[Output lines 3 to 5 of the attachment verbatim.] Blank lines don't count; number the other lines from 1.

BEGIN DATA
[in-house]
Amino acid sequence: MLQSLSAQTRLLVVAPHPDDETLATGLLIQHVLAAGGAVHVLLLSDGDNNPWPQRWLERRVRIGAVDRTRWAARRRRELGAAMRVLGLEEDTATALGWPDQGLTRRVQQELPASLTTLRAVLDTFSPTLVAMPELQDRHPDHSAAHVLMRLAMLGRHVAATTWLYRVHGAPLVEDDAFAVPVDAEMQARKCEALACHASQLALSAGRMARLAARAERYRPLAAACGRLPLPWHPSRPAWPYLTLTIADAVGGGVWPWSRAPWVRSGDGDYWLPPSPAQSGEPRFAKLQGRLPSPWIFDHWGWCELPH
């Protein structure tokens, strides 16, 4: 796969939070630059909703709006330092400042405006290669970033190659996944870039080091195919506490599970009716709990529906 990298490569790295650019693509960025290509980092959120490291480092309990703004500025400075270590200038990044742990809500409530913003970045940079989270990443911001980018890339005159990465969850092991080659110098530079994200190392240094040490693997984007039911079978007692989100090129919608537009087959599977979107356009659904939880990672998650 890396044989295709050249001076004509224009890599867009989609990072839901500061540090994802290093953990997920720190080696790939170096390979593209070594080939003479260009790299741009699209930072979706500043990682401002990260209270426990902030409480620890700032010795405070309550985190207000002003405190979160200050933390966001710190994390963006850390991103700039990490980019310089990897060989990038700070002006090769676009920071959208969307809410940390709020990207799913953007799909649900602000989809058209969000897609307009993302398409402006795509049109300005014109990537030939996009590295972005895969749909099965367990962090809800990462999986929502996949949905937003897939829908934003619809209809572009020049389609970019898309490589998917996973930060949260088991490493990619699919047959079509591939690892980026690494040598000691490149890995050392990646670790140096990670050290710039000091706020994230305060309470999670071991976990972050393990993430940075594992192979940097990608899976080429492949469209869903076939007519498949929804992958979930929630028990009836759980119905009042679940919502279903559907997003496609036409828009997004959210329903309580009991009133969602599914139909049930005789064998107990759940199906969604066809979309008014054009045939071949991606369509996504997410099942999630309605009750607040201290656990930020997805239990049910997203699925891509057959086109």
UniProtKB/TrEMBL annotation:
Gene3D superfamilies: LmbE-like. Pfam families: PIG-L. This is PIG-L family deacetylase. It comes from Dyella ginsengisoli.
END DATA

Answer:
């Protein structure tokens, strides 16, 4: 796969939070630059909703709006330092400042405006290669970033190659996944870039080091195919506490599970009716709990529906 990298490569790295650019693509960025290509980092959120490291480092309990703004500025400075270590200038990044742990809500409530913003970045940079989270990443911001980018890339005159990465969850092991080659110098530079994200190392240094040490693997984007039911079978007692989100090129919608537009087959599977979107356009659904939880990672998650 890396044989295709050249001076004509224009890599867009989609990072839901500061540090994802290093953990997920720190080696790939170096390979593209070594080939003479260009790299741009699209930072979706500043990682401002990260209270426990902030409480620890700032010795405070309550985190207000002003405190979160200050933390966001710190994390963006850390991103700039990490980019310089990897060989990038700070002006090769676009920071959208969307809410940390709020990207799913953007799909649900602000989809058209969000897609307009993302398409402006795509049109300005014109990537030939996009590295972005895969749909099965367990962090809800990462999986929502996949949905937003897939829908934003619809209809572009020049389609970019898309490589998917996973930060949260088991490493990619699919047959079509591939690892980026690494040598000691490149890995050392990646670790140096990670050290710039000091706020994230305060309470999670071991976990972050393990993430940075594992192979940097990608899976080429492949469209869903076939007519498949929804992958979930929630028990009836759980119905009042679940919502279903559907997003496609036409828009997004959210329903309580009991009133969602599914139909049930005789064998107990759940199906969604066809979309008014054009045939071949991606369509996504997410099942999630309605009750607040201290656990930020997805239990049910997203699925891509057959086109």
UniProtKB/TrEMBL annotation:
Gene3D superfamilies: LmbE-like. Pfam families: PIG-L. This is PIG-L family deacetylase. It comes from Dyella ginsengisoli.